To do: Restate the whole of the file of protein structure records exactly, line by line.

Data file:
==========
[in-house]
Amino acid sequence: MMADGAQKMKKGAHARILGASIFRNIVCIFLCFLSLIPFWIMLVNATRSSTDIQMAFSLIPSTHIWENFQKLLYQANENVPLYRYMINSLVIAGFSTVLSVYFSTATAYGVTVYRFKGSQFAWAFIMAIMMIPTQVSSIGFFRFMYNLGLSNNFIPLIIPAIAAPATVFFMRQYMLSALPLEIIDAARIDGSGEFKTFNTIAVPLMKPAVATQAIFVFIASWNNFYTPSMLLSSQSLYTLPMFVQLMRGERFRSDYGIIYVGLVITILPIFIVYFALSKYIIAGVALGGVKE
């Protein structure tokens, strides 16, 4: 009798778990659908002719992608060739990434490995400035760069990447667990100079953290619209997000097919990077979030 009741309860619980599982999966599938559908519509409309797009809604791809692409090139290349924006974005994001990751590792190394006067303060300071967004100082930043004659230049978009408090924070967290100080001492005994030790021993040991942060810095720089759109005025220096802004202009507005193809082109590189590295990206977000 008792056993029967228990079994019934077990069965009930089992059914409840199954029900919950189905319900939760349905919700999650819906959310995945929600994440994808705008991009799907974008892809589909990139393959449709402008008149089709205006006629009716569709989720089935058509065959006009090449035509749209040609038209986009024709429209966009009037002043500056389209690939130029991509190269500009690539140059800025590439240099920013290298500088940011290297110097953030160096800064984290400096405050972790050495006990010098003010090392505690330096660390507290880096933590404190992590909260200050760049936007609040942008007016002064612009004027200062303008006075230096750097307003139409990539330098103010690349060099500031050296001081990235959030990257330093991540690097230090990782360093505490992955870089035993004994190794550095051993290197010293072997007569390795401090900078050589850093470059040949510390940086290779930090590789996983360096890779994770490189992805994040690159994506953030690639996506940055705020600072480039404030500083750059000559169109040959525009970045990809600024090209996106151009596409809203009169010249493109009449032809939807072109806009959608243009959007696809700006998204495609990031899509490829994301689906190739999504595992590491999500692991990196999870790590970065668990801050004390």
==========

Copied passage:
[in-house]
Amino acid sequence: MMADGAQKMKKGAHARILGASIFRNIVCIFLCFLSLIPFWIMLVNATRSSTDIQMAFSLIPSTHIWENFQKLLYQANENVPLYRYMINSLVIAGFSTVLSVYFSTATAYGVTVYRFKGSQFAWAFIMAIMMIPTQVSSIGFFRFMYNLGLSNNFIPLIIPAIAAPATVFFMRQYMLSALPLEIIDAARIDGSGEFKTFNTIAVPLMKPAVATQAIFVFIASWNNFYTPSMLLSSQSLYTLPMFVQLMRGERFRSDYGIIYVGLVITILPIFIVYFALSKYIIAGVALGGVKE
């Protein structure tokens, strides 16, 4: 009798778990659908002719992608060739990434490995400035760069990447667990100079953290619209997000097919990077979030 009741309860619980599982999966599938559908519509409309797009809604791809692409090139290349924006974005994001990751590792190394006067303060300071967004100082930043004659230049978009408090924070967290100080001492005994030790021993040991942060810095720089759109005025220096802004202009507005193809082109590189590295990206977000 008792056993029967228990079994019934077990069965009930089992059914409840199954029900919950189905319900939760349905919700999650819906959310995945929600994440994808705008991009799907974008892809589909990139393959449709402008008149089709205006006629009716569709989720089935058509065959006009090449035509749209040609038209986009024709429209966009009037002043500056389209690939130029991509190269500009690539140059800025590439240099920013290298500088940011290297110097953030160096800064984290400096405050972790050495006990010098003010090392505690330096660390507290880096933590404190992590909260200050760049936007609040942008007016002064612009004027200062303008006075230096750097307003139409990539330098103010690349060099500031050296001081990235959030990257330093991540690097230090990782360093505490992955870089035993004994190794550095051993290197010293072997007569390795401090900078050589850093470059040949510390940086290779930090590789996983360096890779994770490189992805994040690159994506953030690639996506940055705020600072480039404030500083750059000559169109040959525009970045990809600024090209996106151009596409809203009169010249493109009449032809939807072109806009959608243009959007696809700006998204495609990031899509490829994301689906190739999504595992590491999500692991990196999870790590970065668990801050004390």